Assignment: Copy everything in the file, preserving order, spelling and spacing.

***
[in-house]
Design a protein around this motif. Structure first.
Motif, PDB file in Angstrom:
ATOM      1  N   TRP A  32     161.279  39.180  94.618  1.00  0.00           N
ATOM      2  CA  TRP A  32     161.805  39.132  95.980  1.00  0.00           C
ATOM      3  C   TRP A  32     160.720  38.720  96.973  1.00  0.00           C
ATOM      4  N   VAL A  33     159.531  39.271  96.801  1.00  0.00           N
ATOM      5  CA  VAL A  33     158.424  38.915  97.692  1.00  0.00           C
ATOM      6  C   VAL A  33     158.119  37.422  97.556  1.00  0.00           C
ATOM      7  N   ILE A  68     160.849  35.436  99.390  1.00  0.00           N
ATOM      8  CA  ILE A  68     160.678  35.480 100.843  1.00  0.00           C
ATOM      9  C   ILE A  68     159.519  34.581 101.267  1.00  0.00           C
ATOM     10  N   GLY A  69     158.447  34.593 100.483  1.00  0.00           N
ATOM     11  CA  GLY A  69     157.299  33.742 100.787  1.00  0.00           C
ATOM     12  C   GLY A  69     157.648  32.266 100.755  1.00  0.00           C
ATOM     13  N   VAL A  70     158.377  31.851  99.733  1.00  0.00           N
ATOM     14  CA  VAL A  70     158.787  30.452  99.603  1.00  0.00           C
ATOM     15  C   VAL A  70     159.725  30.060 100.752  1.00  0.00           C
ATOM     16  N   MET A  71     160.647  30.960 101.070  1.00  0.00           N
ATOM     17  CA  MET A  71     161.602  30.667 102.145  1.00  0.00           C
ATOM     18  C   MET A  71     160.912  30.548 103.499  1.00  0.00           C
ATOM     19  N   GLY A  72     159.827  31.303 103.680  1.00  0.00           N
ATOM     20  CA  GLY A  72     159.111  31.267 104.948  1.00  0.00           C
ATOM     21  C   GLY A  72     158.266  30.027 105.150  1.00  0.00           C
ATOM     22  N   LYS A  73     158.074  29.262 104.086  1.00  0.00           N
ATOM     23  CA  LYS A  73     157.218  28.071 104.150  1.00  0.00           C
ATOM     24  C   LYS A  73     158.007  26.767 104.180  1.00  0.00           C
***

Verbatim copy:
[in-house]
Design a protein around this motif. Structure first.
Motif, PDB file in Angstrom:
ATOM      1  N   TRP A  32     161.279  39.180  94.618  1.00  0.00           N
ATOM      2  CA  TRP A  32     161.805  39.132  95.980  1.00  0.00           C
ATOM      3  C   TRP A  32     160.720  38.720  96.973  1.00  0.00           C
ATOM      4  N   VAL A  33     159.531  39.271  96.801  1.00  0.00           N
ATOM      5  CA  VAL A  33     158.424  38.915  97.692  1.00  0.00           C
ATOM      6  C   VAL A  33     158.119  37.422  97.556  1.00  0.00           C
ATOM      7  N   ILE A  68     160.849  35.436  99.390  1.00  0.00           N
ATOM      8  CA  ILE A  68     160.678  35.480 100.843  1.00  0.00           C
ATOM      9  C   ILE A  68     159.519  34.581 101.267  1.00  0.00           C
ATOM     10  N   GLY A  69     158.447  34.593 100.483  1.00  0.00           N
ATOM     11  CA  GLY A  69     157.299  33.742 100.787  1.00  0.00           C
ATOM     12  C   GLY A  69     157.648  32.266 100.755  1.00  0.00           C
ATOM     13  N   VAL A  70     158.377  31.851  99.733  1.00  0.00           N
ATOM     14  CA  VAL A  70     158.787  30.452  99.603  1.00  0.00           C
ATOM     15  C   VAL A  70     159.725  30.060 100.752  1.00  0.00           C
ATOM     16  N   MET A  71     160.647  30.960 101.070  1.00  0.00           N
ATOM     17  CA  MET A  71     161.602  30.667 102.145  1.00  0.00           C
ATOM     18  C   MET A  71     160.912  30.548 103.499  1.00  0.00           C
ATOM     19  N   GLY A  72     159.827  31.303 103.680  1.00  0.00           N
ATOM     20  CA  GLY A  72     159.111  31.267 104.948  1.00  0.00           C
ATOM     21  C   GLY A  72     158.266  30.027 105.150  1.00  0.00           C
ATOM     22  N   LYS A  73     158.074  29.262 104.086  1.00  0.00           N
ATOM     23  CA  LYS A  73     157.218  28.071 104.150  1.00  0.00           C
ATOM     24  C   LYS A  73     158.007  26.767 104.180  1.00  0.00           C